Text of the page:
Oklahoma Sooners: 5 Players Landry Jones Must Lean On in 2012
Landry Jones entered 2011 as a Heisman favorite and a first-round hopeful in the NFL Draft. The 2012 season, however, starts with a different mindset for the Sooners' starting quarterback.
Jones is looking to bounce back from a disappointing season in 2011 that saw OU fall from the top team in the country to an injury-rattled mess that couldn't keep up with a high powered rival Oklahoma State team at the end of the regular season.
Jones didn't have a failure of a season. In his junior year, he finished third in the country in passing yards and set numerous Oklahoma passing records.
Still, Sooner fans left 2011 with a bad taste in their mouth.
Jones elected to come back to OU for his senior year and will be a major help for a young Sooner team that needs leadership. But for Jones, and the Sooners, to succeed, he will need to trust and rely on his players around him.
These players will be most important to Jones' ability to follow through and bring OU to a National Championship.
Kenny Stills becomes the most important receiver on OU's roster after the graduation of Jones' favorite target, Ryan Broyles.
Stills played incredibly well in his freshman year of 2010. The receiver was a great deep ball threat and accumulated 786 yards and five touchdowns for the Sooners.
Stills continued to improve in his sophomore campaign, but struggled with his role as top receiver after Ryan Broyles was lost for the season against Texas A&M.
For Jones to play well, he must rely heavily on Stills. The junior receiver needs to be as consistent and reliable as Broyles was for Jones over the last three seasons.
With the summer to work on their rhythm and trust, Jones and Stills should be a top QB-WR combo in the nation.
Dominique Whaley surprised everyone as a walk-on in 2011 with his strong play early in the season.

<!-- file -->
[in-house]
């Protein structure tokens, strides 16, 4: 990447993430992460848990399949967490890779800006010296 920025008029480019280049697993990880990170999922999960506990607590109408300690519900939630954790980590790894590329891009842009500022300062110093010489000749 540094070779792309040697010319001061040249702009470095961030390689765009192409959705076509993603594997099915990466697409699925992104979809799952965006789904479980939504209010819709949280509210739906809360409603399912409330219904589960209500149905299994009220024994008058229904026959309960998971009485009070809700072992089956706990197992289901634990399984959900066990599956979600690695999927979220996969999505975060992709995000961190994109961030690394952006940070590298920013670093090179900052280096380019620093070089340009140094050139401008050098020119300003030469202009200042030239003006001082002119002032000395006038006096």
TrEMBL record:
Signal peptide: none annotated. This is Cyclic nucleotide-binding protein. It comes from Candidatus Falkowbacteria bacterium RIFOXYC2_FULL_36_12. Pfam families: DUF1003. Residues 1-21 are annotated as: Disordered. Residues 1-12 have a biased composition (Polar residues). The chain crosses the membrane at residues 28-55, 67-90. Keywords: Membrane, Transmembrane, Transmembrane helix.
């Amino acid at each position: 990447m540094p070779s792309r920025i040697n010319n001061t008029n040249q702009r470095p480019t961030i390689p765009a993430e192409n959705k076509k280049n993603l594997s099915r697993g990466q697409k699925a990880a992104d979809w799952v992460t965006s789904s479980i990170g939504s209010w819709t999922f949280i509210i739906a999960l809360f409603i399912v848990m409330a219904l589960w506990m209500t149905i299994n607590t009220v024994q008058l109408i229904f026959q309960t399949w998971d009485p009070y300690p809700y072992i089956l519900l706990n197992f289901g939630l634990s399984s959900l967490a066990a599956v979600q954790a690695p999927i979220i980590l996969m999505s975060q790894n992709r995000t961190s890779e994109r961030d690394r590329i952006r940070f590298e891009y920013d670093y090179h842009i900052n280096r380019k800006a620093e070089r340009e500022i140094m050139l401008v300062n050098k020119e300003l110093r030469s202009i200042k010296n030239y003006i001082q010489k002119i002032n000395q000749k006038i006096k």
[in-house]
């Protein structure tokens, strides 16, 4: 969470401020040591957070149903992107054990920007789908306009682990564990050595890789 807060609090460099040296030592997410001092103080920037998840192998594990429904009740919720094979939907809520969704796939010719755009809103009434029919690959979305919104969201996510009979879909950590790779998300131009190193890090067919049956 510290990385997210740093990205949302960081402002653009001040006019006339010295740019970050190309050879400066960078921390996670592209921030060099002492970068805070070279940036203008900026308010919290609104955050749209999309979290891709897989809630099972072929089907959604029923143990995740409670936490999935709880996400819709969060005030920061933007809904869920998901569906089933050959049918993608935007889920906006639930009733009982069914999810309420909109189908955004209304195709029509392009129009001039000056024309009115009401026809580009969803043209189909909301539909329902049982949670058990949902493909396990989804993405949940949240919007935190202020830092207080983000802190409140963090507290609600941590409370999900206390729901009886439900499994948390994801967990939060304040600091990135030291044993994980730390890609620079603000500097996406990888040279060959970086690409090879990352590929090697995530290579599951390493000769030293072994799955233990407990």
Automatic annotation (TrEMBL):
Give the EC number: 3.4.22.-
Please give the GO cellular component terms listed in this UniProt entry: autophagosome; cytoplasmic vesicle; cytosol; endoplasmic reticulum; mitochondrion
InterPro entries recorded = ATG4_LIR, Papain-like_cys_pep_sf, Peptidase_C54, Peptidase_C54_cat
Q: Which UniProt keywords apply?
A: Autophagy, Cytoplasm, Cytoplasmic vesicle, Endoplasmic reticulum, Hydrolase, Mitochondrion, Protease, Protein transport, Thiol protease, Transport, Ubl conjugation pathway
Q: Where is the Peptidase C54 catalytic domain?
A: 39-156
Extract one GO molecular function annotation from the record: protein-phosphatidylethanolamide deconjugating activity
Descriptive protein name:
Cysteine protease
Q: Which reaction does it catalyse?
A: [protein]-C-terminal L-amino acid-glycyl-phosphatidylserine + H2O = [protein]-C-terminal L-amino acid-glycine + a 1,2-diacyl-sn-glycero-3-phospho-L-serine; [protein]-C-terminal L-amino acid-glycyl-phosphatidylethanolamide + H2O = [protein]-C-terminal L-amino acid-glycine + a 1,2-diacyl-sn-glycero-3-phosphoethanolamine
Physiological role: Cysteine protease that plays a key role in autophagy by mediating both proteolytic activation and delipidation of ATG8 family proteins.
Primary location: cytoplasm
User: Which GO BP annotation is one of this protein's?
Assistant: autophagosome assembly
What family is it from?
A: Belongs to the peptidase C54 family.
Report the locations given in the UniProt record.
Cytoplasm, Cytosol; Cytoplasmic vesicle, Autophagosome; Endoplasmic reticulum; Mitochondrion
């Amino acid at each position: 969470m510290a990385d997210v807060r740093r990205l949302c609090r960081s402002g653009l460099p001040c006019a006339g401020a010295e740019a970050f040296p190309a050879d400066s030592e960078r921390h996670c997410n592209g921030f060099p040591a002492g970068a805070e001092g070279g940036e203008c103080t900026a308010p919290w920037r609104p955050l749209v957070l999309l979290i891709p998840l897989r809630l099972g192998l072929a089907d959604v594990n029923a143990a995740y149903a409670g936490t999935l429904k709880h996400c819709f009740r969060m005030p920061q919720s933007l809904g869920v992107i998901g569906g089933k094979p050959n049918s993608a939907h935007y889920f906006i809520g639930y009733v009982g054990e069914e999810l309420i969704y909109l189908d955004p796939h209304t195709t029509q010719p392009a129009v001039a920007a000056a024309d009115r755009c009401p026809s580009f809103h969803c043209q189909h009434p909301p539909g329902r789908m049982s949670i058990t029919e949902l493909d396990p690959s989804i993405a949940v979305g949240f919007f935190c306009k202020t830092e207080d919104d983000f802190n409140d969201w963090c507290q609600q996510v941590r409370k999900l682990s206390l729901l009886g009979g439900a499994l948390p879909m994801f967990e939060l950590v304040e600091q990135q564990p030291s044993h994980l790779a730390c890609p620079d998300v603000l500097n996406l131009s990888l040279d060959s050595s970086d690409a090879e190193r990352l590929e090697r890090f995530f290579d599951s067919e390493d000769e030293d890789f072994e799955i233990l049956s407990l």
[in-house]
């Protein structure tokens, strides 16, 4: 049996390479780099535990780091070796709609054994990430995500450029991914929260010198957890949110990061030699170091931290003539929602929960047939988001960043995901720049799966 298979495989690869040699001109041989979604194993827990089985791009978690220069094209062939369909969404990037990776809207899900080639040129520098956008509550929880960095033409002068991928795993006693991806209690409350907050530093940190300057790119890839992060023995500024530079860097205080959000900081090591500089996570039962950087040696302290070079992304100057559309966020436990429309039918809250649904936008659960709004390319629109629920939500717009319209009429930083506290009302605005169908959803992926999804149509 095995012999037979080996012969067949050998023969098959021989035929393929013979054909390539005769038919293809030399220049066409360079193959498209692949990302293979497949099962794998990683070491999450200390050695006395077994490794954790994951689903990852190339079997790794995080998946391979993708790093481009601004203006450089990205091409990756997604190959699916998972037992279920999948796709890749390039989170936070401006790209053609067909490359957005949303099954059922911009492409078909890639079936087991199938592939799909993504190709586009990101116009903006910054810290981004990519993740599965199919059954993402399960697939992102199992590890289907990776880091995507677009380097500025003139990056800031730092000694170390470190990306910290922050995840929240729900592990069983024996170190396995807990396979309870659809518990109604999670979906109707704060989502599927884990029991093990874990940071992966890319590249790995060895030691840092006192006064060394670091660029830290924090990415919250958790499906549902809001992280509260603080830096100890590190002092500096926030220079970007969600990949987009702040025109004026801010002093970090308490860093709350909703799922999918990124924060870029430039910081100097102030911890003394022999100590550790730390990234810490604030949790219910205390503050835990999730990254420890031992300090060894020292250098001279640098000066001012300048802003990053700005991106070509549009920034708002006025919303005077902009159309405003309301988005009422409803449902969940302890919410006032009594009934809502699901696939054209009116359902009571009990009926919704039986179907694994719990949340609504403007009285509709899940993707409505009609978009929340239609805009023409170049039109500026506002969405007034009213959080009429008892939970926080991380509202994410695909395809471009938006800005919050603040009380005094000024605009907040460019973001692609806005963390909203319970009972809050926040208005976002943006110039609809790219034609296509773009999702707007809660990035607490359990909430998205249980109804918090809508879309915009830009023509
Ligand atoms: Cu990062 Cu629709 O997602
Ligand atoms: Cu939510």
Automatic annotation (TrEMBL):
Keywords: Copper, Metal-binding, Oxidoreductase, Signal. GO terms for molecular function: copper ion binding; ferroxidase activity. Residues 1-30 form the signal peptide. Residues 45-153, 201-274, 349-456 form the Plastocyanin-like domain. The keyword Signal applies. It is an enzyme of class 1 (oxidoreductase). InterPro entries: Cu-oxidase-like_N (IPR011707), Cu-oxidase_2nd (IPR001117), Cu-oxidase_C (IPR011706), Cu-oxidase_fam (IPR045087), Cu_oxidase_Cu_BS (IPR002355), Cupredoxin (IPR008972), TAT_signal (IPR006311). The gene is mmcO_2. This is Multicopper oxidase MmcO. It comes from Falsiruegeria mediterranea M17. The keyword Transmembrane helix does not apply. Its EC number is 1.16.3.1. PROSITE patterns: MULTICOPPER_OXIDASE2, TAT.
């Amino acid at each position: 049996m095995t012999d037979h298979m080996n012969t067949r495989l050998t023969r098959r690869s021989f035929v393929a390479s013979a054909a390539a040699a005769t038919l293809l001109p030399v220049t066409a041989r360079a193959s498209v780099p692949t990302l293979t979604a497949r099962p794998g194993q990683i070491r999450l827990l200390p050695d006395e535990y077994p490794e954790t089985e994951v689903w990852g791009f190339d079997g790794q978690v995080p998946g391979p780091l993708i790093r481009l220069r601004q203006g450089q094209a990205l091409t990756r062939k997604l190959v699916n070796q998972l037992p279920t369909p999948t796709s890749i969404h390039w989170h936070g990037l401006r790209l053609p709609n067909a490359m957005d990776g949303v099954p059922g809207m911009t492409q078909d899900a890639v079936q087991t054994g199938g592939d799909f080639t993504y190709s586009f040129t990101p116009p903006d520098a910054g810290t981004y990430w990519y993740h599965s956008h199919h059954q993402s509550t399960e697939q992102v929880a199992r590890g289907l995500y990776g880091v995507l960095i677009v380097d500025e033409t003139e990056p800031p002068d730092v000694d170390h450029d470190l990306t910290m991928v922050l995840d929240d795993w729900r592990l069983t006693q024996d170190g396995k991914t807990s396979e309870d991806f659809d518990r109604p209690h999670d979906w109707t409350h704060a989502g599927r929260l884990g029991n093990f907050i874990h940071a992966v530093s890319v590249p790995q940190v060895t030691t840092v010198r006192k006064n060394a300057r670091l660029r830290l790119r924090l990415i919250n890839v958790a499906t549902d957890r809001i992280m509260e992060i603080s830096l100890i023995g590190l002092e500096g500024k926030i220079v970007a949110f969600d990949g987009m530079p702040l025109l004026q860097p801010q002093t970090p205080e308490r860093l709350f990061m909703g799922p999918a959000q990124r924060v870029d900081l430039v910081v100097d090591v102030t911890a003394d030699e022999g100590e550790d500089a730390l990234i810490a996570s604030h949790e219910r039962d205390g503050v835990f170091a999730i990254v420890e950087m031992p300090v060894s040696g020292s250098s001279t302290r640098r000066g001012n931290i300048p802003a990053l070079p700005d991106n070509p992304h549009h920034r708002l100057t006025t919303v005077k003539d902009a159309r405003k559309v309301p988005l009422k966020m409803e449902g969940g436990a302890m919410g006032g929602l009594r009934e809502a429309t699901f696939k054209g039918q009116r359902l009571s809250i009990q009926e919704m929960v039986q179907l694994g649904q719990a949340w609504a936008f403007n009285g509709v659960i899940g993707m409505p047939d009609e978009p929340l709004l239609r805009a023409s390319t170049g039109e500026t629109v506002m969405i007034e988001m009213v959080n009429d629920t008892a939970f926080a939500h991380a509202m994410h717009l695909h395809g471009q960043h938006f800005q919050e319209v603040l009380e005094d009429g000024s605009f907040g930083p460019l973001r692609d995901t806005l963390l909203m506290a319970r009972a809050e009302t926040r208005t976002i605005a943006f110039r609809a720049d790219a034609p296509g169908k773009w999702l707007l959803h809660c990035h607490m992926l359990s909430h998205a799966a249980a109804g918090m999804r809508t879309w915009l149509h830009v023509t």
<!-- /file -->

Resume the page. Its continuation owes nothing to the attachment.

In just seven games, Whaley had nine scores and 627 yards. He became the starting running back after a few games before going down with an injury against Kansas State.
For Landry Jones to be at his best, he needs a strong running back to not only take over on the ground, but to also be at his best in the passing game.
Jones' success in 2010 was due in large part to Demarco Murray's play out of the backfield. Murray's ability as a dual threat allowed Jones to work with play action as well as have a strong, reliable option to check down to.
Just as Stills needs to replace Broyles, Whaley needs to be what Murray once was for Jones. If he can, expect some big numbers for the senior running back in his only year on scholarship.
The backup quarterback is usually unimportant to the success of a starter. But for the Sooners, Blake Bell is key to Jones' ability to win.
Late in 2011, the OU coaching staff developed the "Bell-dozer" package, an offensive scheme that utilized backup quarterback Bell as a runner while reserving the option to throw.
Bell's size and speed were a tremendous boost to the Oklahoma offense, leading the team in rushing touchdowns with 13.
The connection between Bell and Jones is an interesting one. Each time Bell comes on the field, Jones is being pulled out. The constant running on and off the field may have shaken Jones' confidence late in 2011 and hurt his play on the field.
For Jones to be at his best, he needs to be confident that the coaching staff is making the best move to win, and that it chose him to be the starting quarterback. If he can rely on Bell in small yardage and not worry about being pulled, it will go a long way in improving how Jones' plays the game.
When Oklahoma's starting center Ben Habern announced his retirement last week, it was a big loss for Jones.
Jones and Habern were close both on and off the field. Habern started 30 games in his OU career and was Jones' center for most of his time as a starter. Habern even introduced Jones to his wife, OU basketball star Whitney Hand.
Moving forward, Jones will need to lean on his new full-time center, Gabe Ikard, as the backbone of the offensive line.
Ikard started every game for the Sooners in 2011, including seven at center while Habern was injured.
Ikard will be the leader on the offensive line as a junior, and Jones will have to trust his new center if he will succeed.
It seems that Landry Jones' worst enemy is often times himself.
Whether it's a costly interception or a dangerous throw downfield that got knocked away, Sooners fans are always holding their breath with their quarterback, despite the fact he is one of the best in the nation.
Jones needs to trust himself much more this season if he wants to rejoin Heisman talks.
Jones had a career high in interceptions with 15 in 2011 in a season where he saw a significant drop in touchdowns.
For Landry Jones to bring OU to the promised land, he will need to put any anxiety or qualms about his game behind him and just go out and play the game.
He's one of the best quarterbacks to step on the field in Norman, and if he acts that way, we'll be in for a show.